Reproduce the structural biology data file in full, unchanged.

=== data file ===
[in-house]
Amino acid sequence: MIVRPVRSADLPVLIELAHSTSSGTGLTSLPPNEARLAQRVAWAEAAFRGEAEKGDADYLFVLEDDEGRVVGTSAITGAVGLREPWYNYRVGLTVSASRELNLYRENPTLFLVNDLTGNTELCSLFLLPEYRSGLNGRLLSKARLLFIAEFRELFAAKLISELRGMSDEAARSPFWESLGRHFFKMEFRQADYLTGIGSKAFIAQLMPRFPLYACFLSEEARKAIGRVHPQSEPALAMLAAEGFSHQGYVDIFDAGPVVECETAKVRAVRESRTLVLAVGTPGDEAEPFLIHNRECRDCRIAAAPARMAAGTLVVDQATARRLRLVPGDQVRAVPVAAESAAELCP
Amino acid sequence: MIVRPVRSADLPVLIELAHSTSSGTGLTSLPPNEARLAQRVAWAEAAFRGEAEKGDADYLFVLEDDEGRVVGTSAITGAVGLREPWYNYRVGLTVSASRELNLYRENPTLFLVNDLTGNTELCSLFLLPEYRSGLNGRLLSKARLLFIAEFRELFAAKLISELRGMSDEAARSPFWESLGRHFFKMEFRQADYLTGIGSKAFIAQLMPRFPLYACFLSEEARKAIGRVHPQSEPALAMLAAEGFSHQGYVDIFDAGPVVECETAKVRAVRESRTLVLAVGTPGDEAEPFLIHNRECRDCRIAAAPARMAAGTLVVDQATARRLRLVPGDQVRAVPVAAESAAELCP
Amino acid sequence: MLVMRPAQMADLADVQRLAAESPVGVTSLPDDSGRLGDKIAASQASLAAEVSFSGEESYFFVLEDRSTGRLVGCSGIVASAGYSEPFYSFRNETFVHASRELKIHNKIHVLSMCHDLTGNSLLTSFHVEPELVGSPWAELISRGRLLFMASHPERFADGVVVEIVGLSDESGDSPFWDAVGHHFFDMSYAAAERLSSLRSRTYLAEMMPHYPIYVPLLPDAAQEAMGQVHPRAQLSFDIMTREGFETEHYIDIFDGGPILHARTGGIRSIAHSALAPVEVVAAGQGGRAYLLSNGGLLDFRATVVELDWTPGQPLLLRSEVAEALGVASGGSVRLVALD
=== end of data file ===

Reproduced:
[in-house]
Amino acid sequence: MIVRPVRSADLPVLIELAHSTSSGTGLTSLPPNEARLAQRVAWAEAAFRGEAEKGDADYLFVLEDDEGRVVGTSAITGAVGLREPWYNYRVGLTVSASRELNLYRENPTLFLVNDLTGNTELCSLFLLPEYRSGLNGRLLSKARLLFIAEFRELFAAKLISELRGMSDEAARSPFWESLGRHFFKMEFRQADYLTGIGSKAFIAQLMPRFPLYACFLSEEARKAIGRVHPQSEPALAMLAAEGFSHQGYVDIFDAGPVVECETAKVRAVRESRTLVLAVGTPGDEAEPFLIHNRECRDCRIAAAPARMAAGTLVVDQATARRLRLVPGDQVRAVPVAAESAAELCP
Amino acid sequence: MIVRPVRSADLPVLIELAHSTSSGTGLTSLPPNEARLAQRVAWAEAAFRGEAEKGDADYLFVLEDDEGRVVGTSAITGAVGLREPWYNYRVGLTVSASRELNLYRENPTLFLVNDLTGNTELCSLFLLPEYRSGLNGRLLSKARLLFIAEFRELFAAKLISELRGMSDEAARSPFWESLGRHFFKMEFRQADYLTGIGSKAFIAQLMPRFPLYACFLSEEARKAIGRVHPQSEPALAMLAAEGFSHQGYVDIFDAGPVVECETAKVRAVRESRTLVLAVGTPGDEAEPFLIHNRECRDCRIAAAPARMAAGTLVVDQATARRLRLVPGDQVRAVPVAAESAAELCP
Amino acid sequence: MLVMRPAQMADLADVQRLAAESPVGVTSLPDDSGRLGDKIAASQASLAAEVSFSGEESYFFVLEDRSTGRLVGCSGIVASAGYSEPFYSFRNETFVHASRELKIHNKIHVLSMCHDLTGNSLLTSFHVEPELVGSPWAELISRGRLLFMASHPERFADGVVVEIVGLSDESGDSPFWDAVGHHFFDMSYAAAERLSSLRSRTYLAEMMPHYPIYVPLLPDAAQEAMGQVHPRAQLSFDIMTREGFETEHYIDIFDGGPILHARTGGIRSIAHSALAPVEVVAAGQGGRAYLLSNGGLLDFRATVVELDWTPGQPLLLRSEVAEALGVASGGSVRLVALD